Polished not, demolished

ATTEMPTING to answer the question from Jo Legg in last week’s Observer: ‘Why are we spending money on new offices that are empty when the seaside tourist attractions we once had can be rebuilt?’, I’ve had a good look through the recent Hastings Local Plan, Hastings Planning Strategy Proposed Submission Version May 25 - August 17, 2012.

It claims to ‘set out a clear economic vision and strategy which positively and proactively encourages sustainable economic growth.’ It doesn’t do this. Remember, it’s a vision.

Since the decline of traditional seaside tourism in the 1960s and 1970s, when it was cheap to go to Spain, attempts have been made to ‘broaden the economic base of the town‘.

Mega millions have been thrown in this direction. SEEDA, Sea Space, Regional Growth Fund, Hastings and Bexhill Taskforce, Irish Banks, Growing Places Fund, East Sussex Energy Infrastructure and Development, and others, have spent the money unwisely, extending a long period of decline.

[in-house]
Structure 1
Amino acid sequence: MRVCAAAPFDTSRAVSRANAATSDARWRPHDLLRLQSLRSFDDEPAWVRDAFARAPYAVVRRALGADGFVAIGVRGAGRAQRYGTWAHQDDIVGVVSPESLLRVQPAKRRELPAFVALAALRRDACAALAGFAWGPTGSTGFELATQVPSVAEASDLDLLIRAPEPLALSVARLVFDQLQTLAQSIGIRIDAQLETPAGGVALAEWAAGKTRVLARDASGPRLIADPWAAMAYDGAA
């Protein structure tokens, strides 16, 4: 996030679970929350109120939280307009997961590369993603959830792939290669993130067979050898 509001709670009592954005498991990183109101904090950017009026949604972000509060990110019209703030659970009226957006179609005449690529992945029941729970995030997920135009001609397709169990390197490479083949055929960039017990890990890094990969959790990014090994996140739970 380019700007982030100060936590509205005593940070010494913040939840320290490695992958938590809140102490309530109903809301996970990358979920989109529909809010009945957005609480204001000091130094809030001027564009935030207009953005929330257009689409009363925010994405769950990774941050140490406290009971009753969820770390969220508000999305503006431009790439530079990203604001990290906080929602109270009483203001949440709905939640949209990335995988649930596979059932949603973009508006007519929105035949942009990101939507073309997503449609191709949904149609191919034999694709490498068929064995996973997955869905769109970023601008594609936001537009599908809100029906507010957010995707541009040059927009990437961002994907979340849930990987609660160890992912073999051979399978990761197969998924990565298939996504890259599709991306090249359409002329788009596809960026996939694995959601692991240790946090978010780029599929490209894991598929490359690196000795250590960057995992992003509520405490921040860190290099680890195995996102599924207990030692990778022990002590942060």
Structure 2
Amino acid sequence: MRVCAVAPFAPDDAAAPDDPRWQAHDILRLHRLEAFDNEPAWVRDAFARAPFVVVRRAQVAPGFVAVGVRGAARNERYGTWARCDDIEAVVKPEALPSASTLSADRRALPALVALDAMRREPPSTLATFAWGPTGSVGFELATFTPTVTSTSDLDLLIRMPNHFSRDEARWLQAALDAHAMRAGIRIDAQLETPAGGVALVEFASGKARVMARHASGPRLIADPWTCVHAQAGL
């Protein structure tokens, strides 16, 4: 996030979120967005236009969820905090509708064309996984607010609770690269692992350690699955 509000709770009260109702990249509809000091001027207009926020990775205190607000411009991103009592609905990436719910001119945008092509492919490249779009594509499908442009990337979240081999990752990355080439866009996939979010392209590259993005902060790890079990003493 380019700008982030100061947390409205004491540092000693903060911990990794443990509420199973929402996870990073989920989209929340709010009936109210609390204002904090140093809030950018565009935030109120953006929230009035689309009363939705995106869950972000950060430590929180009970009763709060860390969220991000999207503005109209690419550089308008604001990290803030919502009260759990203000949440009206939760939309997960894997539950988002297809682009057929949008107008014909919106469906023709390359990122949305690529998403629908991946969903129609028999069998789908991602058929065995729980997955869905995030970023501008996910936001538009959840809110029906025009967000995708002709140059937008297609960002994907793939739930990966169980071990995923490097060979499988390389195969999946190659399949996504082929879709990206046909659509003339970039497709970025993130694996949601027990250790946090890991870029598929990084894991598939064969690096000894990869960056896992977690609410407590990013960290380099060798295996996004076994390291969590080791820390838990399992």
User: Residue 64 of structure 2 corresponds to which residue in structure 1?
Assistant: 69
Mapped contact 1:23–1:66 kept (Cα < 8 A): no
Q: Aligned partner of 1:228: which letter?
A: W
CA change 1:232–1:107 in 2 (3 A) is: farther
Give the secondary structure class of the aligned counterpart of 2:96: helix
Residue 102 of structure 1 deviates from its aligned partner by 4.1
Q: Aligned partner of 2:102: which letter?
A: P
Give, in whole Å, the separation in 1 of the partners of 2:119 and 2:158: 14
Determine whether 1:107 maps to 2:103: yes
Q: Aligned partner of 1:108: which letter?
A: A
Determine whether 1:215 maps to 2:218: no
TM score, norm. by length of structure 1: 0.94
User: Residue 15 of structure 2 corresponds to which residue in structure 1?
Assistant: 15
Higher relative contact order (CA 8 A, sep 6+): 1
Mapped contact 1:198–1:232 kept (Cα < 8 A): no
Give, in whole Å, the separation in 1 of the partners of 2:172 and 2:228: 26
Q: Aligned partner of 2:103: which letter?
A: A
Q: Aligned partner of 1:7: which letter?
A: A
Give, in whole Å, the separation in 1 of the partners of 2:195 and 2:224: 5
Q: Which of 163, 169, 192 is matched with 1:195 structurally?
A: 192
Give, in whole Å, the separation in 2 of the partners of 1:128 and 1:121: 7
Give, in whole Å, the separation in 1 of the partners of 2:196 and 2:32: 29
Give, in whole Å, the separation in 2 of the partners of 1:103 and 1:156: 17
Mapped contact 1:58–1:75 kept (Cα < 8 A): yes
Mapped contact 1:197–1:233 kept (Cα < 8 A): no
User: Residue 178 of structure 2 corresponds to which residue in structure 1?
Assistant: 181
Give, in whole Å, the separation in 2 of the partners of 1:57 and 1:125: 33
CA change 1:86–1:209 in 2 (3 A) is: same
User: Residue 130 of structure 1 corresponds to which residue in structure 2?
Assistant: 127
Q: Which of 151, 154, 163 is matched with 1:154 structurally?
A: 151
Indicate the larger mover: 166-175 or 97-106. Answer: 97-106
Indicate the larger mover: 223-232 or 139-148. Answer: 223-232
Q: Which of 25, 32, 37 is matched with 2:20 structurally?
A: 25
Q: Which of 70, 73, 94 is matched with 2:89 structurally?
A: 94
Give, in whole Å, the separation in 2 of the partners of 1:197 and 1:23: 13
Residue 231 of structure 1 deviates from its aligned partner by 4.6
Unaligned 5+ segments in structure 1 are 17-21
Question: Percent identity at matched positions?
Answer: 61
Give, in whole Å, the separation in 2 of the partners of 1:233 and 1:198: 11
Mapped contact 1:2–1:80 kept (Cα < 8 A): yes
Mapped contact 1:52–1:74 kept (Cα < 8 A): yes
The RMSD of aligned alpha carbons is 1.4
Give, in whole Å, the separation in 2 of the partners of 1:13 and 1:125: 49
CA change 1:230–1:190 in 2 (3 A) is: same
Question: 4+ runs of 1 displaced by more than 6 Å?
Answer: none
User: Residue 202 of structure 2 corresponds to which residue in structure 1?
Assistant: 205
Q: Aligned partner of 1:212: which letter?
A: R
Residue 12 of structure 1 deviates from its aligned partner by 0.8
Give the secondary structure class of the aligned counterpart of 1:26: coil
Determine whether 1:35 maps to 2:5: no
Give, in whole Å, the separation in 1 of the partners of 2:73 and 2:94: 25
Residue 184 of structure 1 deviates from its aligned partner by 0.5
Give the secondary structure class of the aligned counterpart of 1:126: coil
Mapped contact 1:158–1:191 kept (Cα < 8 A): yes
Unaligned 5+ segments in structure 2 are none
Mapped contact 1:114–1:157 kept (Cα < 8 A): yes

Demolition of Havelock Mansions, Havelock Road, for an office building, is a current example of this destructive irresponsibility. Hastings remains in the top 20 most deprived local authority areas in England.

Councils go to government for funds for these schemes, overlooking the risks.

The whole premise rests on the basis that the investment will attract businesses. If the businesses don’t come there’s a big debt and no means to pay it off. That leads to higher taxes and business rates.

Some would think that Britain’s economic woes, and boarding-up new office and retail developments around town, would trigger greater scrutiny, yet Cllr Peter Chowney, lead member, Hastings Borough Council, carries on regardless and recommends building another 200,000 sqft of offices in Hastings town centre.

The foot-of-pride has come down and there ain’t no going back. Built in the 1880s, Havelock Mansions should’ve been polished, not demolished.


Grove Road